Wednesday, June 11, 2014

David Meredith Presents THE REFLECTIONS OF QUEEN SNOW WHITE Blitz & Giveaway

What happens when "happily ever after" has come and gone?

The Reflections of Queen Snow White

By David Meredith

What happens when "happily ever after" has come and gone?

On the eve of her only daughter, Princess Raven's wedding, an aging Snow White finds it impossible to share in the joyous spirit of the occasion. The ceremony itself promises to be the most glamorous social event of the decade. Snow White’s castle has been meticulously scrubbed, polished and opulently decorated for the celebration. It is already nearly bursting with jubilant guests and merry well-wishers. Prince Edel, Raven's fiancé, is a fine man from a neighboring kingdom and Snow White's own domain is prosperous and at peace. Things could not be better, in fact, except for one thing:

The king is dead.

The queen has been in a moribund state of hopeless depression for over a year with no end in sight. It is only when, in a fit of bitter despair, she seeks solitude in the vastness of her own sprawling castle and climbs a long disused and forgotten tower stair that she comes face to face with herself in the very same magic mirror used by her stepmother of old.

It promises her respite in its shimmering depths, but can Snow White trust a device that was so precious to a woman who sought to cause her such irreparable harm? Can she confront the demons of her own difficult past to discover a better future for herself and her family? And finally, can she release her soul-crushing grief and suffocating loneliness to once again discover what "happily ever after" really means?

Only time will tell as she wrestles with her past and is forced to confront The Reflections of Queen Snow White. 

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1.  How did you come up with the idea for Snow White's life after her HEA? (Which was brilliant, BTW)
I originally came up with the idea in 2006 when I wrote it as a short story. That year had been fairly traumatic. In the space of about four months both of my grandfathers died as well as one of my wife’s grandfathers and one of her grandmother’s, so there were a lot of funerals going on at the same time. Particularly in the case of my maternal grandfather, his death was really hard because it was sudden and unexpected. More than simple grief at his passing though, I was struck by the reaction of my surviving grandmother. They had been married over sixty years and had never loved anyone else having married right after high school. They had been vital and immutable pieces of each other’s lives for over two thirds of the time they had been on this planet. Now their life together was over. It led me to thinking – if your life has been so thoroughly intertwined with that of another person for so long what do you do next? How do you move on? I think that was the original kernel of an idea for The Reflections of Queen Snow White.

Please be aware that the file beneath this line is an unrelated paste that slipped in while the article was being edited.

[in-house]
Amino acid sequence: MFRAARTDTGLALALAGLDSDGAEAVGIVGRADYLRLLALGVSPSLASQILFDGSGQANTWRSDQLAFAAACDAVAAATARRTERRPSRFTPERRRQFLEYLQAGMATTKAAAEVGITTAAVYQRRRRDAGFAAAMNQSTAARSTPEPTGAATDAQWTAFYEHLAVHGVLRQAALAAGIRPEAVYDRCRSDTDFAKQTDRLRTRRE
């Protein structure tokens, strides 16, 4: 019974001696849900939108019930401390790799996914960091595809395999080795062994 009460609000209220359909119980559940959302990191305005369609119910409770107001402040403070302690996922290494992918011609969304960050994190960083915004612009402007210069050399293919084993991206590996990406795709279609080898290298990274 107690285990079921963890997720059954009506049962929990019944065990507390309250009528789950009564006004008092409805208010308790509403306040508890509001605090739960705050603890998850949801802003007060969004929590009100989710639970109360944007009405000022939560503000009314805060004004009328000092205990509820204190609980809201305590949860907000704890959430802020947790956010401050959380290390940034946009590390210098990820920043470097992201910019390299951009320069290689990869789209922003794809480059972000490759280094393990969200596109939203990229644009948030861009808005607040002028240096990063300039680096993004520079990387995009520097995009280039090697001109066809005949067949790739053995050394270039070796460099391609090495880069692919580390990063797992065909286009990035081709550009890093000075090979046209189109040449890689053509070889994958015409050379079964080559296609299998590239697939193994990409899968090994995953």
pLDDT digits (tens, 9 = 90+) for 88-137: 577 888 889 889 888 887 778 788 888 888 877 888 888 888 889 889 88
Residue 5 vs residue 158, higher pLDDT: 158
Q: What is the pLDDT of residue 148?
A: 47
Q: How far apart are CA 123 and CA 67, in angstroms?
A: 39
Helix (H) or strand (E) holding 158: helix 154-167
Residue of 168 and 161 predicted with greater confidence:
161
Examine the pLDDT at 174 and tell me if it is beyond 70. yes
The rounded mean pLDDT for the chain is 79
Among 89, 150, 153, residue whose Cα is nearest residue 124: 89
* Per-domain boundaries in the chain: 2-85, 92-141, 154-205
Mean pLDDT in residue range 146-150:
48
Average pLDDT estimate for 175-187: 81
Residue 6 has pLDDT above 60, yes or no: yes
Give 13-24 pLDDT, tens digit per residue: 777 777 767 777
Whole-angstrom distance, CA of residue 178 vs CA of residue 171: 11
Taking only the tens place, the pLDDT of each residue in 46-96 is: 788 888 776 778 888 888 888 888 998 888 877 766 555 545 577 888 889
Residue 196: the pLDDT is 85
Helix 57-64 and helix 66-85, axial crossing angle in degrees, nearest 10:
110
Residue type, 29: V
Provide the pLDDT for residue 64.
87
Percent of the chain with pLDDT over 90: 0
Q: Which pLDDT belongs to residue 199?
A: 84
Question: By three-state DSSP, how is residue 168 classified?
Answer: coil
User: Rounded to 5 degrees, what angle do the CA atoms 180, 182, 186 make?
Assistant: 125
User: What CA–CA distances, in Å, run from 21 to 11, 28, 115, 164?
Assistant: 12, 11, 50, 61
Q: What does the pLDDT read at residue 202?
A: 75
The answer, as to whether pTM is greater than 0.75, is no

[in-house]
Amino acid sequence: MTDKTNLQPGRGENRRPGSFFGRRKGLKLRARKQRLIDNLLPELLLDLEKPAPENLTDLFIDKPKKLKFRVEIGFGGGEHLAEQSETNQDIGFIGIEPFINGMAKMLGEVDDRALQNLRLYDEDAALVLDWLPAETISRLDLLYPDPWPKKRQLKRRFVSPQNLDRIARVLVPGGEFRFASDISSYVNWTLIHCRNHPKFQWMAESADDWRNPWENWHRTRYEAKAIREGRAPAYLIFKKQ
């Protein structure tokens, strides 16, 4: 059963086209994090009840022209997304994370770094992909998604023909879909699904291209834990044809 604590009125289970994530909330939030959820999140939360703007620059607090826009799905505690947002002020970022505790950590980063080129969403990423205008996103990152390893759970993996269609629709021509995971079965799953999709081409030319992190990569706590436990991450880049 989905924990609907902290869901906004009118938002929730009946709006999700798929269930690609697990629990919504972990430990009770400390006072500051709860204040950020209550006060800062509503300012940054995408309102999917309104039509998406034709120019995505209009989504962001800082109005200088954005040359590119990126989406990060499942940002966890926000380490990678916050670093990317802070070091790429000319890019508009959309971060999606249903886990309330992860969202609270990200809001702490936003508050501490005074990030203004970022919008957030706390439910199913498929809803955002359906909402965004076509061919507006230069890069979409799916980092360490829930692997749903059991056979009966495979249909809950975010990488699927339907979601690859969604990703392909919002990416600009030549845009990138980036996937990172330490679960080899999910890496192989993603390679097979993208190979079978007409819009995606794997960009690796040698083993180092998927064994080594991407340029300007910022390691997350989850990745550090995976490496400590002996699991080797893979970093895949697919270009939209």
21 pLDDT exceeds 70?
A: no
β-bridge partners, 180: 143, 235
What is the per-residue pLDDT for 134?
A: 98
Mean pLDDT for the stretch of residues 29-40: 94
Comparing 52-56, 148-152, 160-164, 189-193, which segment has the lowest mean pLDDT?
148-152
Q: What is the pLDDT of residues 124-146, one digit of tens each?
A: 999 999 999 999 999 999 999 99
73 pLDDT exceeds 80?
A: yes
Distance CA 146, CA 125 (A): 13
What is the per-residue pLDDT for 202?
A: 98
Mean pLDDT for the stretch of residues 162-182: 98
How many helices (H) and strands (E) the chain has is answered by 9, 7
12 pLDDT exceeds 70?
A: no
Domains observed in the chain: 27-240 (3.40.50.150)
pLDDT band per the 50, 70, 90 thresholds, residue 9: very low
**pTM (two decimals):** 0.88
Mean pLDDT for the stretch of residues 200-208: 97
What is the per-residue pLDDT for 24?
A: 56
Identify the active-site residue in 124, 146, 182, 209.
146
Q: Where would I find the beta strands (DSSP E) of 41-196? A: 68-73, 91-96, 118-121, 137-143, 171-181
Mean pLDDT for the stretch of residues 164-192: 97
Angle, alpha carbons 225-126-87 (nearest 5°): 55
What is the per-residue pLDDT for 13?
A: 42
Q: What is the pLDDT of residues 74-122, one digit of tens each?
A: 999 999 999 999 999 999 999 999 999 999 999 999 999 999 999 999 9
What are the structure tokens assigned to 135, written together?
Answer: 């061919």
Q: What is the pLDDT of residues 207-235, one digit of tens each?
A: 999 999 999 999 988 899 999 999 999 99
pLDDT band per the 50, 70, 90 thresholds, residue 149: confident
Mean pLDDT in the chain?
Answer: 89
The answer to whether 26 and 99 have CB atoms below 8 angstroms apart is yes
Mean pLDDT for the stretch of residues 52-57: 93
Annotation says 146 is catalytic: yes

2.  After such a fantastic debut novel, can we expect more Romantic Fantasy from you? Is there another "after the HEA" in the works?
Sort of… I write a lot of cross genre fiction and I almost always include at least some sort of fantastic element. I’ve got a couple of projects going at the moment, but the one that is most likely to get released next is the first installment of an epic fantasy series that I started way back in 2004. It is based, rather than upon the medieval European model that is so prevalent in modern fantasy literature, instead on Japanese folklore, myth, and legend and borrows heavily from my experiences living in Northern Japan for nearly a decade. The title of the first installment is Shirobara Falls and I hope to release it either late this year or early next year. It’s not a romance per se, but there is a romantic subplot. Here is the series synopsis: